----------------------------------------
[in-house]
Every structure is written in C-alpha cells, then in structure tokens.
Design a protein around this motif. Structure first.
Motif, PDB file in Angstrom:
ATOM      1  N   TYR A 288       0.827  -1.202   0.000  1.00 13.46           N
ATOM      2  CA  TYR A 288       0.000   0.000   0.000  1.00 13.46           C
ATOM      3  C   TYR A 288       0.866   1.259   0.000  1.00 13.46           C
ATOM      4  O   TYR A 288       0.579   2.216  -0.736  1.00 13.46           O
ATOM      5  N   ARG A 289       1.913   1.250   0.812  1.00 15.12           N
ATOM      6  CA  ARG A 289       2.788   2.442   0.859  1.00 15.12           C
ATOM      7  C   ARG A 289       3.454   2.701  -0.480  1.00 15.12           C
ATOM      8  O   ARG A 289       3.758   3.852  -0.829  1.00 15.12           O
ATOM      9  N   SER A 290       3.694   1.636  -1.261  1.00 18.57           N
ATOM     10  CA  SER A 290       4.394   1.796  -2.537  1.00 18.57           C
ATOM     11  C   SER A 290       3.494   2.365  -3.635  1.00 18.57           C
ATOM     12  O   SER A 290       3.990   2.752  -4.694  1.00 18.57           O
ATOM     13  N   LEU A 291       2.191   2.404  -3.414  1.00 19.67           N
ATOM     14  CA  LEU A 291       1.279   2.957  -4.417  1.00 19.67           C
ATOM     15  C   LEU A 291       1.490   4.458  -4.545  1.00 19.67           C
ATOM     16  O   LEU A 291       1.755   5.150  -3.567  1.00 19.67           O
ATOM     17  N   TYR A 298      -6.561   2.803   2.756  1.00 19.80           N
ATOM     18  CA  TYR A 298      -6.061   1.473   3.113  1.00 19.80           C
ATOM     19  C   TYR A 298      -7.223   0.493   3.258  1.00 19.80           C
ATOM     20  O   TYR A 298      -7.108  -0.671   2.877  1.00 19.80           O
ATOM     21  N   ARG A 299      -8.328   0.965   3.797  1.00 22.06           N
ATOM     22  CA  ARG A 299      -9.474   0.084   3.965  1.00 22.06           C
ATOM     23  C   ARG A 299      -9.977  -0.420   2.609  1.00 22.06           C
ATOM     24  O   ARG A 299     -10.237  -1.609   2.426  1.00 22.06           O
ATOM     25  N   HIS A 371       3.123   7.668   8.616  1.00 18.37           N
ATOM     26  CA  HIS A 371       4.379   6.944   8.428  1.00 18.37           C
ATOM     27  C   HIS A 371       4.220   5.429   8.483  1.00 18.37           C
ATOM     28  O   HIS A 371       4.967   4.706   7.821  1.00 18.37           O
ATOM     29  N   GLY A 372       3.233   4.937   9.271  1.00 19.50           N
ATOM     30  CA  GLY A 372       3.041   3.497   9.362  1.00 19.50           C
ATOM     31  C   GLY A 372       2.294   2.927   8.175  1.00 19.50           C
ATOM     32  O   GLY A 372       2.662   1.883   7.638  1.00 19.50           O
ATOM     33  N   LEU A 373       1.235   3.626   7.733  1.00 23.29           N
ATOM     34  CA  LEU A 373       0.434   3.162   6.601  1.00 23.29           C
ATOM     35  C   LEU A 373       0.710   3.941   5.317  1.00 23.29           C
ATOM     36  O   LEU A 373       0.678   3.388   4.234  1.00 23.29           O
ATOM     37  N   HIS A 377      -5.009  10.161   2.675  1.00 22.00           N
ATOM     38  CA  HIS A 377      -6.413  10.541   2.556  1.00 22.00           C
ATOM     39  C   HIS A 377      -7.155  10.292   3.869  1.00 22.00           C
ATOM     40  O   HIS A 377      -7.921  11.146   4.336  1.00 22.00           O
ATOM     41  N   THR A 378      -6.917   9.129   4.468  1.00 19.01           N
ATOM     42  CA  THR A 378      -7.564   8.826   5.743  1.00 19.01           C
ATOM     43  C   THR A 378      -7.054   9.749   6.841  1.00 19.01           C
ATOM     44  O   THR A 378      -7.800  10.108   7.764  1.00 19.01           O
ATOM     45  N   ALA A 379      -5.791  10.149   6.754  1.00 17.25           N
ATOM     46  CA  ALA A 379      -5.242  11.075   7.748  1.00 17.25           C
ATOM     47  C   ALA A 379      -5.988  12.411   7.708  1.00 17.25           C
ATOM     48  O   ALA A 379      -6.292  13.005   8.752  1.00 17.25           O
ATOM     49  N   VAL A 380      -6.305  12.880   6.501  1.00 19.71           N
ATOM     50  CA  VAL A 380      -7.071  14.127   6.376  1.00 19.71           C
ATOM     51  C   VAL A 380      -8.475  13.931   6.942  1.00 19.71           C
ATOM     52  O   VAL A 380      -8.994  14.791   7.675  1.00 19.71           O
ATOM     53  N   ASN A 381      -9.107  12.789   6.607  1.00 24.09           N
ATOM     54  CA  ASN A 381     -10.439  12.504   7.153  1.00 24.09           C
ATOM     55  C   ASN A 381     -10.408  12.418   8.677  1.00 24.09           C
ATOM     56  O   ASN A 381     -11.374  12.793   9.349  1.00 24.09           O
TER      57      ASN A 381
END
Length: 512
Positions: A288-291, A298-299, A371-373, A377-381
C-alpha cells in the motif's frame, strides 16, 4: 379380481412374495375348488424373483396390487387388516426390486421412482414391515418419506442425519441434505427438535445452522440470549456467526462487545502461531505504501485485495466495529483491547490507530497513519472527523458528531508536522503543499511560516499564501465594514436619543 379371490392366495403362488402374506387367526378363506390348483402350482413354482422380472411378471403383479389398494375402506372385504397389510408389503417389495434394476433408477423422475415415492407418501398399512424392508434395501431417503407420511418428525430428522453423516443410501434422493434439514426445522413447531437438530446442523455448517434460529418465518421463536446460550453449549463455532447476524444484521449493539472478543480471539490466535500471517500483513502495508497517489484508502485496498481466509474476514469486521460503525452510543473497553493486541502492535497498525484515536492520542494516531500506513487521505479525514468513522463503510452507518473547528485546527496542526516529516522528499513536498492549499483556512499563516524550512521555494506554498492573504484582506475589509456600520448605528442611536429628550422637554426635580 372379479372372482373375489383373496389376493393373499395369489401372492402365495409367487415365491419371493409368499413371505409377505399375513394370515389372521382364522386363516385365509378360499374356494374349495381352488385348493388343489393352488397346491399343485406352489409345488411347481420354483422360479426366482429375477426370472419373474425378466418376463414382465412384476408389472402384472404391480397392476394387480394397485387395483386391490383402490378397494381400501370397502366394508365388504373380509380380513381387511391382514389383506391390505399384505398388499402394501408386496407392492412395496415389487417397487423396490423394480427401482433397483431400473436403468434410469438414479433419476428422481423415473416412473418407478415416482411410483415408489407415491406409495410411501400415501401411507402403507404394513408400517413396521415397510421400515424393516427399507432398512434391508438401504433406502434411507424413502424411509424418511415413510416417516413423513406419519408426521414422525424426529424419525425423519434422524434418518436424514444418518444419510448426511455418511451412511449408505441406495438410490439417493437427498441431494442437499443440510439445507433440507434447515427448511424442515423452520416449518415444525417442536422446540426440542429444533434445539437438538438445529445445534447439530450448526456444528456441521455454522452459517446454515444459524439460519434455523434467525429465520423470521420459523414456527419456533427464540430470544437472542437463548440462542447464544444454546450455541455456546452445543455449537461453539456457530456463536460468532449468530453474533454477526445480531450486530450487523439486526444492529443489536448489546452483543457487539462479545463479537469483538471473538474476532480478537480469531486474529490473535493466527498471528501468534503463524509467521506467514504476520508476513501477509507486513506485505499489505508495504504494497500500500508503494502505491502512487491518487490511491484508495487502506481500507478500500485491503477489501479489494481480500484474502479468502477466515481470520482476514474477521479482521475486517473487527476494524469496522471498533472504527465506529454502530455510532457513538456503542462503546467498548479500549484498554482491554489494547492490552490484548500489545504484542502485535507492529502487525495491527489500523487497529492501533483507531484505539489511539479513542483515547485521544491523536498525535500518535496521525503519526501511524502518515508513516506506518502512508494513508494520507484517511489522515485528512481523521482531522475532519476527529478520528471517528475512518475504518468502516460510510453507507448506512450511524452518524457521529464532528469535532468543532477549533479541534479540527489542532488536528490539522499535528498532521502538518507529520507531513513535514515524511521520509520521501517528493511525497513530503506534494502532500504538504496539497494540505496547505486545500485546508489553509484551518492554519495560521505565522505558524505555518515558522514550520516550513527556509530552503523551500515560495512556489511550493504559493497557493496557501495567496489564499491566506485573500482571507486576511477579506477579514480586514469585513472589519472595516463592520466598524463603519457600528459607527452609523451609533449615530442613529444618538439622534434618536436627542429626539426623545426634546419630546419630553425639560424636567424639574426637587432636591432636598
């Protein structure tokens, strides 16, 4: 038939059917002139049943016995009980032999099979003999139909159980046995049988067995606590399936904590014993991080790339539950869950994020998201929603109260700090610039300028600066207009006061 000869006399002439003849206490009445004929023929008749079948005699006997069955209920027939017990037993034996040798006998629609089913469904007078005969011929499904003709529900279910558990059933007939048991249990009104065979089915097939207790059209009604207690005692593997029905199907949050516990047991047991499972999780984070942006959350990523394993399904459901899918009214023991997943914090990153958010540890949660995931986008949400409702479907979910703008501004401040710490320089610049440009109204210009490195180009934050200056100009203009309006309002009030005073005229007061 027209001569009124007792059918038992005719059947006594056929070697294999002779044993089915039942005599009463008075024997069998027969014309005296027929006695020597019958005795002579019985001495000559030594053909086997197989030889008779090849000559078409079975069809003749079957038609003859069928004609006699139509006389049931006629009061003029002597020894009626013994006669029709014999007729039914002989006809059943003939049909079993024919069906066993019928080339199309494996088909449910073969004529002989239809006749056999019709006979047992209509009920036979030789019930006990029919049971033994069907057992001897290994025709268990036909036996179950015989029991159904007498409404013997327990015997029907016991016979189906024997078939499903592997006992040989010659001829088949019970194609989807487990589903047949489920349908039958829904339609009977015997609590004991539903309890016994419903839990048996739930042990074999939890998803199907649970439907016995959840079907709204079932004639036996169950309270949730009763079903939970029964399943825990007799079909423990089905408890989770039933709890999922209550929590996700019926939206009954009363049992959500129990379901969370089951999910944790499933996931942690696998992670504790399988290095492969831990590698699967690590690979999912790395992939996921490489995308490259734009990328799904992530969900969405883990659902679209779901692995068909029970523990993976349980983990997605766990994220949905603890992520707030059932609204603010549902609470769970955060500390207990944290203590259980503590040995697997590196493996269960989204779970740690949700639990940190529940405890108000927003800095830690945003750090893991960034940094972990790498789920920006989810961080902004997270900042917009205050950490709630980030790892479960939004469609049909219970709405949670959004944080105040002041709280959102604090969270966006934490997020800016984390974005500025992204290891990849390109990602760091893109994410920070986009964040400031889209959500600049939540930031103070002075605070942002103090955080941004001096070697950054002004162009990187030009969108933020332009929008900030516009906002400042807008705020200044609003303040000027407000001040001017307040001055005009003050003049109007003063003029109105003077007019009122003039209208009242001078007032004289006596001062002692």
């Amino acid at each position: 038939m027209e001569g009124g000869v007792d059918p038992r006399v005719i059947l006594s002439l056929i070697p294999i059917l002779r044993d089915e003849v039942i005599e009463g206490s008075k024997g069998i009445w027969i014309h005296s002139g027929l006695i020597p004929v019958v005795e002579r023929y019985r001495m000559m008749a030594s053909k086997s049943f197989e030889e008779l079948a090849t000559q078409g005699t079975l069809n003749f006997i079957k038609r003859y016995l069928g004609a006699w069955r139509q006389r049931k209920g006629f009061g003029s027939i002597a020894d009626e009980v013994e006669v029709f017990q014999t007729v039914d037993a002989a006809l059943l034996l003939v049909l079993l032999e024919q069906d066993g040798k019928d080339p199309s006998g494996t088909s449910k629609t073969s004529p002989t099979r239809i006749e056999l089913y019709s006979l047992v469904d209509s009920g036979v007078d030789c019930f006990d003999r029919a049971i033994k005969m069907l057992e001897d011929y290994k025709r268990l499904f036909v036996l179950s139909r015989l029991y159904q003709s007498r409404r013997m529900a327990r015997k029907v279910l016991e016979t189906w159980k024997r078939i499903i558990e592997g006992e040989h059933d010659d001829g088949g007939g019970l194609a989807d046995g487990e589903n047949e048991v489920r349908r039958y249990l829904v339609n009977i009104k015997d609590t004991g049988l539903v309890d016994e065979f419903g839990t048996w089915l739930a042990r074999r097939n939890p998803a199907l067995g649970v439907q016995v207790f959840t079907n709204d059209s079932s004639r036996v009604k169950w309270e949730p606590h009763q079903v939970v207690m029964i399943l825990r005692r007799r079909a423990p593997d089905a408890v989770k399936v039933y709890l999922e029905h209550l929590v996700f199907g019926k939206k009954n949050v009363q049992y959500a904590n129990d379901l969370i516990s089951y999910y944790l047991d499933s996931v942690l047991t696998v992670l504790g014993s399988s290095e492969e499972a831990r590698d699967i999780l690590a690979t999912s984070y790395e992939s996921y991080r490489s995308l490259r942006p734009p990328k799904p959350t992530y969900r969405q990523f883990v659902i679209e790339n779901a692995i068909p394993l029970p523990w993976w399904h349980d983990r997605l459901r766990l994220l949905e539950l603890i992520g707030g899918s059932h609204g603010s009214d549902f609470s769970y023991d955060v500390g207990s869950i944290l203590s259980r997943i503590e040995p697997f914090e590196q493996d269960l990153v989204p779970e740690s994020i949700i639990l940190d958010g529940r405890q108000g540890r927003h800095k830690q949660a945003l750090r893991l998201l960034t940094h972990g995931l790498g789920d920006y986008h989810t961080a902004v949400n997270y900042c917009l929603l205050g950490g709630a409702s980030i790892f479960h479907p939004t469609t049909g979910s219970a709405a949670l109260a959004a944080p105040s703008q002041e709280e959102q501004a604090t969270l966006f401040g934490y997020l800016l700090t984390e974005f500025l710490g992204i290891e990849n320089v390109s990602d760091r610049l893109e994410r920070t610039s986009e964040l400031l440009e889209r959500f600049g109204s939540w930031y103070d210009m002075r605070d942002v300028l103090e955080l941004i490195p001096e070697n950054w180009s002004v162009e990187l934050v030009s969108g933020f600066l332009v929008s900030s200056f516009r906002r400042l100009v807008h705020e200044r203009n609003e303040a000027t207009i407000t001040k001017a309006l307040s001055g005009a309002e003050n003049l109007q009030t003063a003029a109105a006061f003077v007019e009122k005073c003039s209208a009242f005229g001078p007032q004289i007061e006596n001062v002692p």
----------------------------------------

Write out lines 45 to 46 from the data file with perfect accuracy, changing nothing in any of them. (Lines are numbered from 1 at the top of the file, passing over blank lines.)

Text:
ATOM     41  N   THR A 378      -6.917   9.129   4.468  1.00 19.01           N
ATOM     42  CA  THR A 378      -7.564   8.826   5.743  1.00 19.01           C